I get you. I really do. And I think I only get you because finally—finally—I get me.

No Point

Every Christmas, my husband and I watch one of our favorite movies: The Holiday. It’s not really a Christmas movie per se, but the setting is a mixture of London and Los Angeles over the holiday season, so we always work it into our schedule.

There’s a scene in The Holiday that always stands out to me. Iris (Kate Winslet) finds out that Jasper, the man she is hopelessly devoted to even after he breaks her heart, proposed to one of their coworkers. Iris goes home from work after the public announcement, puts on sweats, and sobs into her sleeves while brewing some tea. The part that gets me is when she takes the pot off the stove. She stops for a minute, then leans over to inhale the fumes from the gas stovetop as if she’s realized she has no reason to live. After about two inhalations, she blurts, “What am I doing?” She turns the knob on the oven, opens the window, breathes in the fresh winter air, and slaps herself, saying over and over, “Low point. Low point.”

I’ve always thought there were two meanings to this phrase in her mind. First, she was at a low point in her life and didn’t see the point of living a lonely life without the man she loved. Second, she came to her senses and saw her low point for what it was. There was no point in ending her life over this man.

I often have days that feel pointless. As an autism parent, there are things I just don’t get to experience the way the parent of a neurotypical child does, and it can be disheartening. Though guilt rises up in me admitting this, I ask myself frequently, “What’s the point?” Then I have days when I remind myself that it’s just a “low point” and there’s no point in wallowing in self-pity. My son is my son and we do what we have to do.

In May, my husband and I had plans to take our son to see Frozen on Ice. My son came down with something and we took him in to see the on-call doctor who prescribed medication for him and then went on to say that we probably shouldn’t take him to the show. “He’s not contagious,” she said. “But it’s a better idea to stay away from crowds so he doesn’t pick up something else. Plus, he doesn’t really understand so he won’t know what he’s missing anyway.” I stopped listening, calmly excused myself, and made it to the car before my husband and I both shared tears over her tactlessness.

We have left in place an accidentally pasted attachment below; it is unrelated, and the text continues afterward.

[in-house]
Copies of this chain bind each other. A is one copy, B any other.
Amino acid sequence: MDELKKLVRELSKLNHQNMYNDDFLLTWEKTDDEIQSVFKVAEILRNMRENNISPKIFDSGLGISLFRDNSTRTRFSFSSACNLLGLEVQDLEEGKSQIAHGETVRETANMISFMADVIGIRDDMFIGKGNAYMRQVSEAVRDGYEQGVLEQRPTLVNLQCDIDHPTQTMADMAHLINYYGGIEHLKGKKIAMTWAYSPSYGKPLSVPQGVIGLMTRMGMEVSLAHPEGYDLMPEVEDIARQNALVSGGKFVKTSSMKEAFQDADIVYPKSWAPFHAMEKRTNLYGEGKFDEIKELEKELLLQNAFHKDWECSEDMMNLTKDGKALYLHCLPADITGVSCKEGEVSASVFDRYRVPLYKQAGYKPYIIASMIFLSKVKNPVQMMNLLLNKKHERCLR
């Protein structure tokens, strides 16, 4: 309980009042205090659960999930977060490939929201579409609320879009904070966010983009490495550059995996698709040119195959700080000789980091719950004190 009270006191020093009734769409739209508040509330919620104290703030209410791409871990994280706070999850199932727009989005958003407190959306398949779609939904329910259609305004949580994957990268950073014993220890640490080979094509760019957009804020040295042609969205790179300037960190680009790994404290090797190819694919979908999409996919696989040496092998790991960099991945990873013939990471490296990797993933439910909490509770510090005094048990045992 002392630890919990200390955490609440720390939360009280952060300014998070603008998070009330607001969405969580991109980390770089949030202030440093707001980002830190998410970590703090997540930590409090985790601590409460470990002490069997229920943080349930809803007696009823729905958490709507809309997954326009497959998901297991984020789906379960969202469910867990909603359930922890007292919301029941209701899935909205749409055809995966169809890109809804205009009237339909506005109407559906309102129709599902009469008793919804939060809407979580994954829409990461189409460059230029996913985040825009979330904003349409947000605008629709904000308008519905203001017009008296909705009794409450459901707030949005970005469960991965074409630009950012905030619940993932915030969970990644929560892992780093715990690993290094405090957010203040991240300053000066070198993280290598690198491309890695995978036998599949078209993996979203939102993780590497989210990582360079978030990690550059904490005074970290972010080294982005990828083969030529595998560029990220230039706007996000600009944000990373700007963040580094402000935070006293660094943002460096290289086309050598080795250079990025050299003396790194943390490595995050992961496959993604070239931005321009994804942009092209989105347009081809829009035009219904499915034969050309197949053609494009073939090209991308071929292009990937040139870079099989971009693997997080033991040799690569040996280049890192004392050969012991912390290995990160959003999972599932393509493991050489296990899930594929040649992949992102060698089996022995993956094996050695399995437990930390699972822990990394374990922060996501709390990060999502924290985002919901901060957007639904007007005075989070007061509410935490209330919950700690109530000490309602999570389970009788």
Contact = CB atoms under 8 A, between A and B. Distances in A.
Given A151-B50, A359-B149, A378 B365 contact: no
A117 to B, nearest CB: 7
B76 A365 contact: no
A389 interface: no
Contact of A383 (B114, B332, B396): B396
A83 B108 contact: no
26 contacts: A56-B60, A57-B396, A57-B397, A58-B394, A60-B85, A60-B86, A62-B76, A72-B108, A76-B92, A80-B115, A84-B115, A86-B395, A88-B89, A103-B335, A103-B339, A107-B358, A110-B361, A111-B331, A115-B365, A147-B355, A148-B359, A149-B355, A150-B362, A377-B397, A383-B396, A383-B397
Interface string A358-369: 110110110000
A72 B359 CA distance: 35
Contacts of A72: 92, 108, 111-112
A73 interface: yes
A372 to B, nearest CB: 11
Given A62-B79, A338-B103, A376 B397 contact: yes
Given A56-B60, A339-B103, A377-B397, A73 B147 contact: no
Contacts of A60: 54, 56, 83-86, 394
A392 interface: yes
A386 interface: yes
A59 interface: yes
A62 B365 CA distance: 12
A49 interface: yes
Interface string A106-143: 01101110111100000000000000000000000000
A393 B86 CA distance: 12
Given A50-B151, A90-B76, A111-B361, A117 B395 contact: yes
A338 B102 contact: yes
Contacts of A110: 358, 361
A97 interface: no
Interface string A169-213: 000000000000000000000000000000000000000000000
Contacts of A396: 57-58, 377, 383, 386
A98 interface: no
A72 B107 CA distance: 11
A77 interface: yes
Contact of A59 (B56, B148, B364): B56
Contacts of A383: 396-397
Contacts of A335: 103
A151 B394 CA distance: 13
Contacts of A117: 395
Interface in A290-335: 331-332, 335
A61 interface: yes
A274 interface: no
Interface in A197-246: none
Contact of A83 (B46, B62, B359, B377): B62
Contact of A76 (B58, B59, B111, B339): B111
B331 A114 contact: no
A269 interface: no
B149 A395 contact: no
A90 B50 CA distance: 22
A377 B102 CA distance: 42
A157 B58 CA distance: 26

She said this garbage in front of my son. She had “known” him for about five minutes. And in that small amount of time, she determined what he could understand and what he couldn’t. She assumed.

I seethed. My son loves Frozen. He loves Bubble Guppies. He asks to go bowling and to go to the beach. He picks certain foods and avoids others. He’s not stupid. He’s not unresponsive. He’s alive and well and he’s a person with likes and dislikes just like you and me.

So we took our son to see fucking Frozen on Ice. And he watched. And he smiled. And in my head, I punched that doctor in the throat. Because on every level, human and professional, she was dead wrong.

Friends and family members jumped to defend me and shared in my anger when I posted about the situation on Facebook. They supported me and commented on all the pictures of William clapping along with his favorite Frozen songs. He wasn’t 100% himself because of his ear infection, but he had a couple of days of antibiotics in him by the time we went and damn it, we were going to Frozen on principle alone at that point.

One of my friends genuinely asked me via private message, “Would William know the difference?” I thought about it. He had never been to the Amalie Arena. He had never seen any show on ice. He had never seen a person ice skating, come to think of it. That had nothing to do with autism, though. So I told her that he understands we are seeing Frozen. I told him it’s in a big arena. I told him we’re going with his aunt and his daddy. He could think we’re just going to watch the movie. But couldn’t any four-year-old think that? Any child might not be able to picture or grasp something brand new to them. And I like to think even if he couldn’t picture the entire setting, he was looking forward to it.